"In this game, you'll never have to redo the same boss fight a thousand times because you died a millisecond before the boss: the damage you inflicted persists even if you die. It all plays beautifully as the game's difficulty is very well-balanced (if a little on the easy side, even on the maximum difficulty level)."

There's not really too much I need to say about the above quote is there? *head in hands*

What happened to GAME design? Not physics algorithms, nor sound-design, not voice-acting nor pixel-shaders. I mean GAME design? How can anybody make a game where it is fundamentally impossible NOT to complete it, even on the hardest level?!?

Nngnngnnnggg. It's still a good (as a first person shooter), but it has SO much potential, SO much pedigree. I would gleefully exchange some of the water effects and textures for a more open-ended game world.

Speaking to Rowan on the phone earlier he likened the game to "one of those movies that you see at the cinema and the spectacle of it blows you away. Yet the next day, when you come to reflect on the film, you can't really remember what it was about!"

apemind said...

Ah, so it's too easy! I am tempted to say "well have you played jet set willy recently?" but I can see what you mean.. similar story to Deus Ex 2 then.

Rowan Davies said...

To be honest, it wasn't the lack of difficulty that caused me major problems and I'm not saying for a second that Bioshock isn't an achievement of a game. If a new developer released this, I'd be shouting about it from the rooftops because there would be serious potential there. As it is though, I almost feel like recent high-expectation PC releases have been a step backwards from what I always felt games could become when playing them a decade ago. I just don't think Bioshock was enough of an evolution from System Shock 2, a game which it's clearly trying to ape, and that was released ten years ago.

The metacritic rating for Bioshock is ludicrous. Due to the current market and mainstreaming of the gaming medium I understand that developers need to appeal to a wider audience to sell a game, but I just find it slightly disappointing when there's so much potential for improvement, especially when most of these new games are technically incredible.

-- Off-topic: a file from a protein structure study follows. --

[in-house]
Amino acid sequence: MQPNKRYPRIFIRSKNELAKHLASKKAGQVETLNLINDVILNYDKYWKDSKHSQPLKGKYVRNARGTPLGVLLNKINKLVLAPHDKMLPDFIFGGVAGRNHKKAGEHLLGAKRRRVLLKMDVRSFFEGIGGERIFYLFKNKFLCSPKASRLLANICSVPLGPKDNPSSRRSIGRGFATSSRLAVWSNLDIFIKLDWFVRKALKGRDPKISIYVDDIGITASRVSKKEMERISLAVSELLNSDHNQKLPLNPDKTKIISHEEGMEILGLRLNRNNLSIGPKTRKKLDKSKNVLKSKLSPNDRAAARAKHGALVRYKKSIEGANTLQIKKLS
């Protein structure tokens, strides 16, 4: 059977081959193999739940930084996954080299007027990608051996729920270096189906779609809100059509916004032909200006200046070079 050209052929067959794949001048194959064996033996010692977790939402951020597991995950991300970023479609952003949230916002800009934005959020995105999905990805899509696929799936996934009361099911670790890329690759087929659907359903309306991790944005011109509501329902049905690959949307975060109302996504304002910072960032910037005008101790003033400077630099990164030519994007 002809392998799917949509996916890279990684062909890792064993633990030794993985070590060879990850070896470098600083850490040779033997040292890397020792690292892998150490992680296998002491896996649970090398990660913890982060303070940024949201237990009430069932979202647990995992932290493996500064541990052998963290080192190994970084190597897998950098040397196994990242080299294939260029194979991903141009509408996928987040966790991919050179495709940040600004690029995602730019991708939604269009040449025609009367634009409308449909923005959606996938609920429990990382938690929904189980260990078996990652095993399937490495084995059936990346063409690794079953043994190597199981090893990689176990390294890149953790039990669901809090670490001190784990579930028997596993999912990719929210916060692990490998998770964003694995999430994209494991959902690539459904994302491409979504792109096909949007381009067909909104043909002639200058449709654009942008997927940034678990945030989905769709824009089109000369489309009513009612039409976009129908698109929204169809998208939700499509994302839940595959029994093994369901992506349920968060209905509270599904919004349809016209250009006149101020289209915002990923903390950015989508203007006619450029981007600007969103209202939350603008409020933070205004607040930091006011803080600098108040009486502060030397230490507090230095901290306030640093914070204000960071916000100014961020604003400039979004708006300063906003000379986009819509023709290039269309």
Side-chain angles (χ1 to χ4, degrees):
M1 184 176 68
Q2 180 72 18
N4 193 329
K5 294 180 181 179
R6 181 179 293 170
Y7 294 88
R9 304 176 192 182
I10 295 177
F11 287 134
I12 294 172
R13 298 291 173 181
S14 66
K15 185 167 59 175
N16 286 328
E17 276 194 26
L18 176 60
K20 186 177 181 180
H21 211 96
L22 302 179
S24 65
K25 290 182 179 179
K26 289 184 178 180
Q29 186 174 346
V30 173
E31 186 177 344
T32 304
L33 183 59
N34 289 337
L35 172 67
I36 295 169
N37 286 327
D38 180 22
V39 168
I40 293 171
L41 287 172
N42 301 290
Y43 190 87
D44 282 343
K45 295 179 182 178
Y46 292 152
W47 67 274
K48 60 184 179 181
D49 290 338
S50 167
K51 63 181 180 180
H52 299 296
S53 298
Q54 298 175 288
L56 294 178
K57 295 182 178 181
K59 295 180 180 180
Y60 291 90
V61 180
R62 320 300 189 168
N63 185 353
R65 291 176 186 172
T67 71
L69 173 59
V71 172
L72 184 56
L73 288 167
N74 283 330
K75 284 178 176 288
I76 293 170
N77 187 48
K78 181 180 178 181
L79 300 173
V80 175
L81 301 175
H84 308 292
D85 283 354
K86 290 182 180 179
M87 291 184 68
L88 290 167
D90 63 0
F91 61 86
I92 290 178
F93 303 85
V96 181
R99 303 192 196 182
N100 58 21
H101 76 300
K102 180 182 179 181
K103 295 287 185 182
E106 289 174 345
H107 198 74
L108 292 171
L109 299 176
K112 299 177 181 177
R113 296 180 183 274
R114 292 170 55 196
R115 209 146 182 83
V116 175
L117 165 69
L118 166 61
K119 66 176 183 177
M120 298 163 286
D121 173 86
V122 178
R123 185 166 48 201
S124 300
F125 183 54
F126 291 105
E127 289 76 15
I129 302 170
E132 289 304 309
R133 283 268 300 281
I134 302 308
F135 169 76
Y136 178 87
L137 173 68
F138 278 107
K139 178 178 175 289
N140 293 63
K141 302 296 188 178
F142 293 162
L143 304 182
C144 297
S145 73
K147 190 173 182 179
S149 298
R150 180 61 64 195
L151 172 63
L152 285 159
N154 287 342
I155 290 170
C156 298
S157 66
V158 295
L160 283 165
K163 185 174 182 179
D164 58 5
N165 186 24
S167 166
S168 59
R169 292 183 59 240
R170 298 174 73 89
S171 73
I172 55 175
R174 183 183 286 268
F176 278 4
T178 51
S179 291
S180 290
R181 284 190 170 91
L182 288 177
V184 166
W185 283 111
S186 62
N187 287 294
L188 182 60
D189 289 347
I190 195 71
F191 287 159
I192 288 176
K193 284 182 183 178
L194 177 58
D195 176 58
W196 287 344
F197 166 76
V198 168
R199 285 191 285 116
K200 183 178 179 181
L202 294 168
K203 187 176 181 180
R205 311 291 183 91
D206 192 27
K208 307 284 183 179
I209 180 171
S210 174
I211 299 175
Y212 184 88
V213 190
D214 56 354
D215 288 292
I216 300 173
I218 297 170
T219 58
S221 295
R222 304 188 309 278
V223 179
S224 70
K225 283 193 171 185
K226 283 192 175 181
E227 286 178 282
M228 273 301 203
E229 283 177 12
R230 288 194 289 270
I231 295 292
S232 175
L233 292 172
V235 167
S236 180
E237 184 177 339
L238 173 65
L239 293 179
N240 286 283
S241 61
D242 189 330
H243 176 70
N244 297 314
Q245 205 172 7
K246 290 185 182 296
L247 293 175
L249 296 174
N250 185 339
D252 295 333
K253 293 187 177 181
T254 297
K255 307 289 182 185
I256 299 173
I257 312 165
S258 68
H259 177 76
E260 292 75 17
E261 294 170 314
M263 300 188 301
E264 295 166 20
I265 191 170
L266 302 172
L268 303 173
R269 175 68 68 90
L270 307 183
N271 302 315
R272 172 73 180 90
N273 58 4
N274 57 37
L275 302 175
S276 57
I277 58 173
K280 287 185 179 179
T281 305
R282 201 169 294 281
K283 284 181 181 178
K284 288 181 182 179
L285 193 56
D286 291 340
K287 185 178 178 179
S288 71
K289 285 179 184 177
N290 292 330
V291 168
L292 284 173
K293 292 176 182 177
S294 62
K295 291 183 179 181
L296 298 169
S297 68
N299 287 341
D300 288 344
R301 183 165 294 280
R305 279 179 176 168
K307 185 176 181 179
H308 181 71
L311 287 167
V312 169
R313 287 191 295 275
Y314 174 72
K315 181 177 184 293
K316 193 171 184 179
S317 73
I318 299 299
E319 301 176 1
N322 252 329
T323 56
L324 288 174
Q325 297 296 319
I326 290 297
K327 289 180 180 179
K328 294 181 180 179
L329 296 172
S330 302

But that's purely from a hardcore gamer's perspective and it's hard not to sound like an arsehole when speaking from that viewpoint.

As for reviewers that get so hypnotized by the hype, well I can't figure it out. I find it surprising that if you're so involved in the gaming industry that you wouldn't become instantly aware when a game doesn't hit its mark...

Nick Dymond said...

"Ah, so it's too easy! I am tempted to say "well have you played jet set willy recently?" but I can see what you mean.. similar story to Deus Ex 2 then."

Hahaha! Thankfully I haven't ;) In many ways it does have similarities to Deus Ex 2, but it's less buggy, more interesting and has the added benefit of being slightly 'art-house' in its aesthetic, meaning that reviewers are wary of criticizing it because it seems to fit the niche of 'games as art' which they are so precious about promoting. It's not that I have a problem with that perspective, I just feel that Bioshock had a bit of a free ride in some respects.

Also, I think that reviewers are forced into playing an awful lot of terrible games. When a game is as hyped and anticipated as Bioshock, I think they look forward to it so much that they perhaps can't be entirely objective. If you're playing junk for however many hours a day, when something relatively good, or interesting, comes along then you are likely to shout from the rooftops.

I was showing System Shock to someone who's a big 1st person fan, but was only eight (EIGHT!) when it came out. He was quite surprised at how open to the player it was. Within 5 minutes of gameplay you are making huge choices about what character path to take and you are already immersed in a gameworld which allows you to actually PICK how you want to go about doing things. Ten minutes in and my friend was relieved when I picked-up a pistol, but amazed that I couldn't use it as I hadn't spent any points on weapon skills! Hehe, I laughed and said "Can you possibly imagine a 1st person shooter coming out in 2008 in which the player CAN'T use a pistol?!"

Nick Dymond said...

Sorry, 'System Shock 2' was actually the game I was showing my friend.

Rowan Davies said...

"Also, I think that reviewers are forced into playing an awful lot of terrible games. When a game is as hyped and anticipated as Bioshock, I think they look forward to it so much that they perhaps can't be entirely objective."

That is an interesting point and I can imagine it makes a huge difference after wading through masses shit to find something competently designed...